At some point in your life, it is quite likely that a family or friend has asked you if they can borrow money. Sometimes, it’s £10.00 so they can pay for shopping, or food, but other times, they could ask for far more. In instances where, for example, you are loaning a large sum of money to a parent or child, there are legal considerations that should be taken into account before you do so to ensure you are protected.
The most important consideration is how the law views this transaction. There is a presumption that where one loans money to another, where both parties are family or friends, there is no obligation to repay that amount of money. That presumption can be challenged with evidence, and can be used to persuade a court that you are entitled to your money back, and in some cases, with interest. There are many cases involving exactly these situations, and each scenario must be taken individually and assessed on its facts.
In the scenarios most often encountered by our dispute resolution team, the money has already been loaned, and a default in repaying that sum has happened, meaning we are often relied upon to recover that debt without any formal agreement in place. The aim, therefore, in these situations is to obtain a swift and cost-effective resolution to recovering your money and, where you do need to use the courts, to do so in a manner that suits your circumstances.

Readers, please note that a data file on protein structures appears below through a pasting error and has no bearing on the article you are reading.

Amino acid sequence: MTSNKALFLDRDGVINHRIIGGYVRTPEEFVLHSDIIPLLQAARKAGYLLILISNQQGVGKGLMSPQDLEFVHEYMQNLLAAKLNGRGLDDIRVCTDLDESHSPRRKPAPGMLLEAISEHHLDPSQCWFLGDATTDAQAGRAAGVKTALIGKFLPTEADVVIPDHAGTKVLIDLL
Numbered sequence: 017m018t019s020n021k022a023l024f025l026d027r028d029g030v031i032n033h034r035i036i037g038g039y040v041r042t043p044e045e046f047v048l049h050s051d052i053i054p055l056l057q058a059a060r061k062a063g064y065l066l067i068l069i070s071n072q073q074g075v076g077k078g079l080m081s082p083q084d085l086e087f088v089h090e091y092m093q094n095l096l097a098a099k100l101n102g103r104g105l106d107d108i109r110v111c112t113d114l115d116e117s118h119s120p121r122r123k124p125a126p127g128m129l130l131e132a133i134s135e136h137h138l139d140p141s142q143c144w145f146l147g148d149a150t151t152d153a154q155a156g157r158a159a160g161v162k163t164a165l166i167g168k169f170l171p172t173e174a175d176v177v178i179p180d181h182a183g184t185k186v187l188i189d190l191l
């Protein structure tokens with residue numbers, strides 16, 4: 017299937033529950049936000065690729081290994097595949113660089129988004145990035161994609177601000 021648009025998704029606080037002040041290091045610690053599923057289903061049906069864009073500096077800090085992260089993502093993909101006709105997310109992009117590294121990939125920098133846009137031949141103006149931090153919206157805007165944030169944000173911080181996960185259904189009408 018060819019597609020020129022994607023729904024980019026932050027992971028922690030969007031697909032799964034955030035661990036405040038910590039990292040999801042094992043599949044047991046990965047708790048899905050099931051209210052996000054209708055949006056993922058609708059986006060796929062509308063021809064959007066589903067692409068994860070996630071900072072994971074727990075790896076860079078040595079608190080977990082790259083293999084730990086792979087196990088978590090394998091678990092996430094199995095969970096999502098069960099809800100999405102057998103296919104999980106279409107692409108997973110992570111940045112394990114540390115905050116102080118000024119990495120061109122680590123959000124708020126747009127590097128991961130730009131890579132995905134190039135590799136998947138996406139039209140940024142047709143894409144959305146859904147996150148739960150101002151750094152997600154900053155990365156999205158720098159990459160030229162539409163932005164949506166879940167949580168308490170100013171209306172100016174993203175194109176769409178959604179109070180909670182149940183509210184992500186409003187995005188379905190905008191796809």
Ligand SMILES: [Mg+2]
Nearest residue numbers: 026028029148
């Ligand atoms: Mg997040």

It is a common myth that a contract must be in writing and signed by everyone in order for money to be recovered. A contract can come into existence in a multitude of ways, and can be legally enforced. The scenarios involving family and friends can be hostile, but we have a proven track record of settling disputes early, and recovering money that you are owed.
If you are facing difficulty in recovering money that you are owed by a family member of friend, or perhaps you are being asked to repay an amount of money that was given to you, our team can advise you on your position, and what you should do. Our specialist contract litigation lawyer, Daniel Tetsell, is able to offer you practical steps and, if needed, help in court, and would be happy to discuss your situation. Daniel may be contacted on 01905 730462 or firstname.lastname@example.org.